The Association of Licensed Telecommunications Operators of Nigeria (ALTON) says it has started legal action to seek interpretation of the provisions of the constitution on the extent of the National Assembly (NASS)’s oversight functions on telecoms companies.
Engineer Gbenga Adebayo, Chairman, ALTON says that members of the telecoms trade group have been “inundated with constant summons from different committees of the NASS served on their Chief Executive Officers (CEOs) to appear before several National Assembly (NASS) Committees, which has negative impact on ability to focus on their business operations.”
Adebayo says that “the NASS’ insistence on attendance of CEOs at such session is without consideration of these CEOs reasonable schedule conflict or the fact that other senior management staff may be better versed and suited due to the nature of their job roles vis-a-vis the subject matter of investigation.
“For instance, the Ad-Hoc Committee set up by the House of Representatives to investigate the Health Implications of Telecommunications Towers in residential buildings, called for public hearings on Monday 10th and Tuesday 11th April, 2017, at which the industry was supposed to be represented by ALTON, but the Committee, insisted that each operator make its own presentation.
Adebayo says that “the NASS’ insistence on attendance of CEOs at such session is without consideration of these CEOs reasonable schedule conflict or the fact that other senior management staff may be better versed and suited due to the nature of their job roles vis-a-vis the subject matter of investigation.”
“There were further hearings on Tuesday, 25th April and 8th and 23rd May 2017. However, at those Hearings the Committee insisted that it would only grant audience to the CEOs of the companies and no other representative, in spite of technical knowledge and seniority of such Representatives, ” Adebayo says.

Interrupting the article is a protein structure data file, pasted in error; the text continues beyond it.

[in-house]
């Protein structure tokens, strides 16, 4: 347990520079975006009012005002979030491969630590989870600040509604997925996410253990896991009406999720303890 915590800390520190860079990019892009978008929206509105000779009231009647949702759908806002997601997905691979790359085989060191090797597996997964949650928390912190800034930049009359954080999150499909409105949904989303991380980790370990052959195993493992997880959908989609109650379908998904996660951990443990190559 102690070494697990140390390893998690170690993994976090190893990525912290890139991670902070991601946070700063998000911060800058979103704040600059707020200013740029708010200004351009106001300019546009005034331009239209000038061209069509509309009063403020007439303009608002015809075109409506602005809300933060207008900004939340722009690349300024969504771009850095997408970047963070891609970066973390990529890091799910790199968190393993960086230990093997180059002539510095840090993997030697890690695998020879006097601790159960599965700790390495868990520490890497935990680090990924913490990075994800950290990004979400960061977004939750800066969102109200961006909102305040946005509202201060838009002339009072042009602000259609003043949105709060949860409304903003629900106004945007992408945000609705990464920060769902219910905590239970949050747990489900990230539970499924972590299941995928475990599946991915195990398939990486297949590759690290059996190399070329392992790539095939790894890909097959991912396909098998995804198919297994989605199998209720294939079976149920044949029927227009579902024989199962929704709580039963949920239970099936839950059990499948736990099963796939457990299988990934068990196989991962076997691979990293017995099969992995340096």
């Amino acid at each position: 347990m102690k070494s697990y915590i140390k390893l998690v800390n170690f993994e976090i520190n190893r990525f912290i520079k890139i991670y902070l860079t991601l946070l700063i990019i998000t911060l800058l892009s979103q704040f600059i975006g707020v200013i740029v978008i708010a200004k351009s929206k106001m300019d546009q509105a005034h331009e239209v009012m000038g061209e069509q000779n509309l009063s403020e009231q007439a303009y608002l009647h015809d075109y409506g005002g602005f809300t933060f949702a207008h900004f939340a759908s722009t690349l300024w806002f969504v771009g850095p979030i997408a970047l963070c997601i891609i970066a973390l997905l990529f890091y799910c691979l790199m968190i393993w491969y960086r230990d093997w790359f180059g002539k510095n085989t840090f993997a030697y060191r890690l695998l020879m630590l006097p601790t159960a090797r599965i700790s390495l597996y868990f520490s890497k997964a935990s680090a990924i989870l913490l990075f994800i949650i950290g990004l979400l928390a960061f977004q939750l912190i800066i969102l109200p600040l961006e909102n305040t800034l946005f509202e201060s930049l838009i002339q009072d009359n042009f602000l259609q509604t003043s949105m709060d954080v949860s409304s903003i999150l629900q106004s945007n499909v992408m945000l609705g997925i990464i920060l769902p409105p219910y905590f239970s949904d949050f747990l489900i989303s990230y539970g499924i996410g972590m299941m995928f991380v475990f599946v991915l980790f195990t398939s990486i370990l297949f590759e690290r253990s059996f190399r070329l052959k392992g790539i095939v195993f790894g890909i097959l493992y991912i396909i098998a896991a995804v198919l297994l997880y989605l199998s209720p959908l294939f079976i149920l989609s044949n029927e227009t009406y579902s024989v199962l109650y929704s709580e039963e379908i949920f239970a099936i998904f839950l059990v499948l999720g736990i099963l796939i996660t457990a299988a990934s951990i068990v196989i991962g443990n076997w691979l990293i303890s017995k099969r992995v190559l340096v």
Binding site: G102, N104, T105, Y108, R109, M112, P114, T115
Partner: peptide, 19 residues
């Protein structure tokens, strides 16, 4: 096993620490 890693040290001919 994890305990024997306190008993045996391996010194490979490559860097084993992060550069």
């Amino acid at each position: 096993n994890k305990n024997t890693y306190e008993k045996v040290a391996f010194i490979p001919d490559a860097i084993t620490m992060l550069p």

The ALTON Chairman explains that some of the investigative duties of the different committees overlap and require similar information from the attendees.
“For instance, members are summoned by both the standing Committee on Telecoms and its Ad-hoc Committee on Operational activities of Telecoms Equipment and Service Providers both investigating loss of revenue to the Federal Government”, the ALTON Chairman says.
On the issue of loss of jobs, the Committee on Telecoms is also investigating it and the Committee on Labour also summons members. The Committee on Telecoms also served summons for investigation by its Ad Hoc Committee for Value Added Services and Committee investigating locally available skills.
“Apart from the duplication of effort by the Committees, the manner of invitation borders on harassment of our members as the invitations are sometimes scheduled on the same day leading to conflict or scheduled back to back for three to four days, which will necessitate member CEOs being away from their businesses for such long periods,” according to ALTON.
Adebayo says that some of the requested information border on information within the purview of specific government agencies, which the NASS could easily request the agencies to provide. Such information as evidence of Tax remittances to government since inception of members operations, which could date as far back as 16 years or confidential information which members should not be obliged to provide, according to ALTON.